Saturday, February 16, 2008

Update on The Elder Justice Act


We are pleased to report several important new co-sponsors to both S. 1070 and H.R. 1783:

Senator Jay Rockefeller ( D-West Virginia) a senior member of the Finance Committee joined as a co sponsor of S. 1070 earlier this week.

Meanwhile, H.R. 1783 garnered 6 new co-sponsors, 5 of whom are Members of Committees where the House bill was referred. They include:
Ed Markey (D-MA) - Energy and Commerce
Ed Towns (D-NY) - Energy and Commerce
Mike Ross (D-AK) - Energy and Commerce
Shelly Berkley (D-NV) - Ways and Means
Stephen Cohen (D-TN) - Judiciary
Loretta Sanchez (D-CA)


Rep. Joe Sestak (D-PA) has introduced H.R. 5352, the Elder Abuse Victims Act, to “protect America’s seniors from elder abuse by addressing and correcting the failures in state elder abuse policies, establishing specialized prosecution and research departments and training prosecutors and law enforcement on the best practices for handling these unique cases.” The Coalition was consulted in advance of the introduction of the bill and offered a statement in support of the bill. The Press Release from Rep. Sestak’s office is below:

Congressman Sestak Introduces Bill to Protect Seniors from Elder Abuse

WASHINGTON—Last evening, Congressman Joe Sestak (D-PA) introduced the Elder Abuse Victims Act (H.R. 5352), a piece of legislation to protect America’s seniors from elder abuse by addressing and correcting the failures in state elder abuse policies, establishing specialized prosecution and research departments, and training prosecutors and law enforcement on the best practices for handling these unique cases.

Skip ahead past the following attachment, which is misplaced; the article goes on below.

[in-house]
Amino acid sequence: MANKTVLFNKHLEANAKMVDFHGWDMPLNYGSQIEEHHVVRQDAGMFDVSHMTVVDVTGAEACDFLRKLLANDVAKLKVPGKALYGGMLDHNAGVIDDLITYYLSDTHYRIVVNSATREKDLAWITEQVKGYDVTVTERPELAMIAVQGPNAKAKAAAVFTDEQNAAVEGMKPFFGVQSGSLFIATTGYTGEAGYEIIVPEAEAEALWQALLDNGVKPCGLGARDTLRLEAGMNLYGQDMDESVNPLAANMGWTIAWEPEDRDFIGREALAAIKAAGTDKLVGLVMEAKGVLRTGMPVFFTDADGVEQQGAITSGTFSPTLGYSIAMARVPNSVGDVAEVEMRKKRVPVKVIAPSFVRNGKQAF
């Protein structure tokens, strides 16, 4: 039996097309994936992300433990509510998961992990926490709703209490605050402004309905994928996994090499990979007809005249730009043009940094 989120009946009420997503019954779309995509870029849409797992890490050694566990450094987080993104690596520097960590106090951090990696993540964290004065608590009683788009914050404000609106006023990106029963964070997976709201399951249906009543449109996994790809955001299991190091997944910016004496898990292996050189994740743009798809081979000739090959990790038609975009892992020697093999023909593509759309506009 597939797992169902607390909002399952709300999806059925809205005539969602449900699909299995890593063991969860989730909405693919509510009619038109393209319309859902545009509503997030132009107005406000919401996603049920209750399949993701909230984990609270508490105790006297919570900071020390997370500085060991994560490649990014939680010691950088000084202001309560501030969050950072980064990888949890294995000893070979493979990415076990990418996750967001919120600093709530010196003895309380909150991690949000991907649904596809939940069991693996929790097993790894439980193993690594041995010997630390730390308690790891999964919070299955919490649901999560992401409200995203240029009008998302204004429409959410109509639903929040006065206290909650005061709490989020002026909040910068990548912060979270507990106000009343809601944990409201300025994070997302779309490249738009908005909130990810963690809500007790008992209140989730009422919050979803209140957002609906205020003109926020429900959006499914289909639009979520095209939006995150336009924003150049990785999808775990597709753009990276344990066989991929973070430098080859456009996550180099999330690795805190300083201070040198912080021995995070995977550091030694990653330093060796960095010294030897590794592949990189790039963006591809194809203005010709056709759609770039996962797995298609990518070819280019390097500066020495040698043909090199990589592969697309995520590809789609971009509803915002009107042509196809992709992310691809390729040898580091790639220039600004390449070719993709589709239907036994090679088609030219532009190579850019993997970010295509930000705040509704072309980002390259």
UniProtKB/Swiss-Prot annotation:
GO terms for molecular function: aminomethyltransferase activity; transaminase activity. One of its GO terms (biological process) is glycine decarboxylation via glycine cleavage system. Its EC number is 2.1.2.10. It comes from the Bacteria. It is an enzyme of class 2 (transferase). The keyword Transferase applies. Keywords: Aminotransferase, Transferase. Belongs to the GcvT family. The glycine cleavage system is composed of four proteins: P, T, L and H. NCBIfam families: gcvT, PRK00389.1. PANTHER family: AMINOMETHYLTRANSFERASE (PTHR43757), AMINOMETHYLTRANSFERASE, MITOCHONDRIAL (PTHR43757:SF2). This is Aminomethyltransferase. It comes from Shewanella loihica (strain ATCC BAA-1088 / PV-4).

“Everyday, too many of our nation’s seniors become victim to physical, emotional or sexual abuse,” said Congressman Sestak. “This legislation recognizes the limitations to our country’s approach to elder abuse prosecution and rehabilitation, and puts in place a system to assess and adequately respond to these deficiencies.”

Each weekend, Congressman Sestak visits senior groups and centers across the District. Over the past year, the Congressman has spoken to over 65 senior groups and centers on a variety of issues, including elder neglect and abuse at nursing homes. Last week, Congressman Sestak spoke at the Upper Darby Senior Center and Brighten at Broomall about the need to provide awareness and to address elder abuse through strengthening protections and providing greater training for law enforcement officers and prosecutors. Brighten of Broomall is among 52 nursing homes in the U.S. on Centers for Medicare and Medicaid Services list for “Special Focus Facilities Not Showing Significant Improvement.”

The number of elder abuse cases is on the rise across the country, according to estimates by the National Research Council Panel to Review Risk and Prevalence of Elder Abuse, between one and two million Americans age 65 or older have been victims of elder abuse. These are uncertain estimates because definitions of elder abuse vary widely from state-to-state, and there are many imperfections in our national effort to adequately prevent, prosecute, and rehabilitate victims of this type of abuse.

Congressman Sestak introduced the Elder Abuse Victims Act to ensure that elder abuse and neglect cases will be effectively handled and that criminals who commit such acts will be fully prosecuted under the law.

“We are pleased to work with Congressman Sestak on the Elder Abuse Victims Act. He is championing legislation to help protect our nation’s seniors from elder abuse, neglect, and exploitation. The legislation will not only study the state laws and practices to protect seniors, but would provide funding so that organizations, law enforcement officials, and prosecutors will become trained in identifying and addressing elder abuse and neglect.” said Bob Blancato, National Coordinator of the Elder Justice Coalition.